________________________________________________________________________________________
Last edited by daj95376 on Sat Jul 05, 2008 9:54 am, edited 1 time in total.
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Postby Mike Barker » Sat Jul 05, 2008 1:40 pm

Code: Select all
+----------------+-------------------+-------------------+
|  8    1     4  |   9     2     36* |   36b     5    7  |
| 27  236  3567  |  58     4  35678  |    9    236    1  |
|  9  236  3567  |   1   367   3567  |    8      4  236  |
+----------------+-------------------+-------------------+
|  3    4     1  |  58    67     58  |  267   2679  269  |
|  6    5    79  |   2   379      4  |   37b     1    8  |
| 27   29     8  | 367a    1   3679a |    5    367a   4  |
+----------------+-------------------+-------------------+
|  4    8   369  | 367  3679      1  | 2367b 23679    5  |
|  5  369     2  |   4     8  379-6  |    1    367   36* |
|  1    7   369  |  36*    5      2  |    4      8  369  |
+----------------+-------------------+-------------------+
As far as a name, the elimination is a multi-inference nice loop. Given a single multi-inference node Jeff would have refered to it as a triple chain (so you could refer to it as a triple w-chain) and I would have included it in the Kraken family as a Kraken row. With two multi-inference nodes, I'd probably just stick with multi-inference nice loop.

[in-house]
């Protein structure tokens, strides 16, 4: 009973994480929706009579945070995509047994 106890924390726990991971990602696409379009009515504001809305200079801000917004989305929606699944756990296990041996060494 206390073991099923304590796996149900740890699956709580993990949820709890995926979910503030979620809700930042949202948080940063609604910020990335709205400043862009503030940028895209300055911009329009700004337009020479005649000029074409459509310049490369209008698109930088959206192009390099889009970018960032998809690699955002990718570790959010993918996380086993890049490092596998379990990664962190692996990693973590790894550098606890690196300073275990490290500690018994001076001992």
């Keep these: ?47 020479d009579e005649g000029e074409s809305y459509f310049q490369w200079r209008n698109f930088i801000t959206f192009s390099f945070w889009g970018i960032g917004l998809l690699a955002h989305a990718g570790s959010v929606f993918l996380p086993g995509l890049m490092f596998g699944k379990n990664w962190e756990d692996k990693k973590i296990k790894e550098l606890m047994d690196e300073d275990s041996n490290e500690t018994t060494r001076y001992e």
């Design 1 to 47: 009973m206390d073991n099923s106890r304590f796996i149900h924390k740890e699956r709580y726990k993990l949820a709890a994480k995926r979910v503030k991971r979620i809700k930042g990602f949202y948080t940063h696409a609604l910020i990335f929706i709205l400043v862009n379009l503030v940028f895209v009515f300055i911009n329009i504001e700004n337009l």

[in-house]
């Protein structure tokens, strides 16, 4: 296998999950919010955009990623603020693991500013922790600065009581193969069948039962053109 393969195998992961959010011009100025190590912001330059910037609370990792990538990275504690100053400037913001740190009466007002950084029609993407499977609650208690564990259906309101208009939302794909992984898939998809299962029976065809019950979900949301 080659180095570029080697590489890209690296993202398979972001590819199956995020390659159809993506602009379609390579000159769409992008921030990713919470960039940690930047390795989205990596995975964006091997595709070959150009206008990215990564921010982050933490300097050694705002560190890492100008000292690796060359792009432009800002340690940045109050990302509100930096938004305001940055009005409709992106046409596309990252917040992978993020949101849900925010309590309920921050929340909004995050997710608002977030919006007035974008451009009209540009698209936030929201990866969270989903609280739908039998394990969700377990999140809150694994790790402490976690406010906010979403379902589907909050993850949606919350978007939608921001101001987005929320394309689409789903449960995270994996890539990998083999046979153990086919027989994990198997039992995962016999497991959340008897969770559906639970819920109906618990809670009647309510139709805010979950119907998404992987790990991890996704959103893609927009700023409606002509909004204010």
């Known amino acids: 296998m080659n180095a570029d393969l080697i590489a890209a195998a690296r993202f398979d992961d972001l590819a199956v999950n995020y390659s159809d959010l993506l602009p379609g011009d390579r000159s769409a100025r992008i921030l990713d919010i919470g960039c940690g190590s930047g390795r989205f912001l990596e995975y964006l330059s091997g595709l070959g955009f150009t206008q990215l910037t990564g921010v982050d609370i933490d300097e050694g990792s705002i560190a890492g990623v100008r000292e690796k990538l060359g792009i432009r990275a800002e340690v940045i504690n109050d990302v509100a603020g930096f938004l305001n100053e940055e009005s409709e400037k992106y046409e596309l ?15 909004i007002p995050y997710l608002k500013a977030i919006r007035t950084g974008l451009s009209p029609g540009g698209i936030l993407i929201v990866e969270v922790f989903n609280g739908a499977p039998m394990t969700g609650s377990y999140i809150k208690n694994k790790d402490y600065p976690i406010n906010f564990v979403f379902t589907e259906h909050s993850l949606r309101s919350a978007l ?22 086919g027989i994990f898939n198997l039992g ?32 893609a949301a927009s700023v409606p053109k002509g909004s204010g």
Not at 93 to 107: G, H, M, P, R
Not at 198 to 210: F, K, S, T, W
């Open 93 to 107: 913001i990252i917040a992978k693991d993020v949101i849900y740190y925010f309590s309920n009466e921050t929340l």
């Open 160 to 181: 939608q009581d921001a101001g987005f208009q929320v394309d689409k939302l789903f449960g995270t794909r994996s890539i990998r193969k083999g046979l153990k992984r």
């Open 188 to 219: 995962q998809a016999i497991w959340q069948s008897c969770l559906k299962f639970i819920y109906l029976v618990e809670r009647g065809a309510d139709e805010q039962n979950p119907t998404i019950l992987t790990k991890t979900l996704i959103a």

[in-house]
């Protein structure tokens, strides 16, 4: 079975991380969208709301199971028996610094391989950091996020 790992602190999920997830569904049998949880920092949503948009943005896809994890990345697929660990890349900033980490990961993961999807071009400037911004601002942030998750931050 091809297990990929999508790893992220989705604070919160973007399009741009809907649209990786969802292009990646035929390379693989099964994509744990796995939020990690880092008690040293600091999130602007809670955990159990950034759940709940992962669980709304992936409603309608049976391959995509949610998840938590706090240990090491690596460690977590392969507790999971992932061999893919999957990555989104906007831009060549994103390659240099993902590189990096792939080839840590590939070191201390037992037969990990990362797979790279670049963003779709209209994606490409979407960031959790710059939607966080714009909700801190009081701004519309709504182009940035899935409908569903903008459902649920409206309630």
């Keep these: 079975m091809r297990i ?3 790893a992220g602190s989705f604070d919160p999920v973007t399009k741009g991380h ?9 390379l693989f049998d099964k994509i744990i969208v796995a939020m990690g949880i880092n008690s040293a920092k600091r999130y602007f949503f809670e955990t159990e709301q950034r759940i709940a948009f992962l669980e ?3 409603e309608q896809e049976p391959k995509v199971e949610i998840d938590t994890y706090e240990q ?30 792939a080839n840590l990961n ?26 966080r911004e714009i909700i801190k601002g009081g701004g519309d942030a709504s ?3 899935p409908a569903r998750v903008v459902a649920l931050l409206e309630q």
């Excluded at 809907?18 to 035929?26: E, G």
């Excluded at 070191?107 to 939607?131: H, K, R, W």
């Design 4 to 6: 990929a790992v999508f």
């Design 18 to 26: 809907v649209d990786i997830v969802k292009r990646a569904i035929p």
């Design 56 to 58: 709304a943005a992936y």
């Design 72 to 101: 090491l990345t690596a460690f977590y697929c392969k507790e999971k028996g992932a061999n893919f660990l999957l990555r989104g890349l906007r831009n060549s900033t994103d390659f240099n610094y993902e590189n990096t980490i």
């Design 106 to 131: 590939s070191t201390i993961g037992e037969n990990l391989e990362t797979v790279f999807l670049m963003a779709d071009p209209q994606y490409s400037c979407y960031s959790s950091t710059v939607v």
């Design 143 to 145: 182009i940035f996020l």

Using multi-line nice loop notation, I'd probably show the eliminations as one of the following. The "||" doesn't translate over well so I tend to use a "|" and "+", but this is not standard, of course, so is all multi-line notation.
Code: Select all
r6c4 -3- r9c4 -6-
r6c6 -3- r1c6 -6-
r6c8 -3- r5c7=3=r1c7 -3- r1c6 -6- => r8c6<>6
            |
            +=3=r7c7 -3- r8c9 -6-

or

r1c6 -3- r6c6=3=r6c4 -3- r9c4 -6-
            |
            +=3=r6c8 -3- r5c7=3=r1c7 -3- r1c6 -6- => r8c6<>6
                            |
                            +=3=r7c7 -3- r8c9 -6-
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Postby daj95376 » Sat Jul 05, 2008 2:01 pm

Mike Barker uses all of the 3s in [r6] to get [r8c6]<>6, and I used [r8c6]=6 to eliminate all of the 3s in [r6] for a contradiction. Just goes to show that I'm always putting the cart-before-the-horse!:D
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Postby Glyn » Sat Jul 05, 2008 3:56 pm

Thanks Mike for the definitive version of that in NL notation.
Thanks as well Daj I guess you had implicitly used the 3's of r6 in your network to give r6c68=3=r6c4. I tried a minor change to show that.
Code: Select all
                          --------3-----------
                         /                    \
                  3- r6c6       r5c7 -3- r6c8- +=3= r6c4 -3- r9c4 -6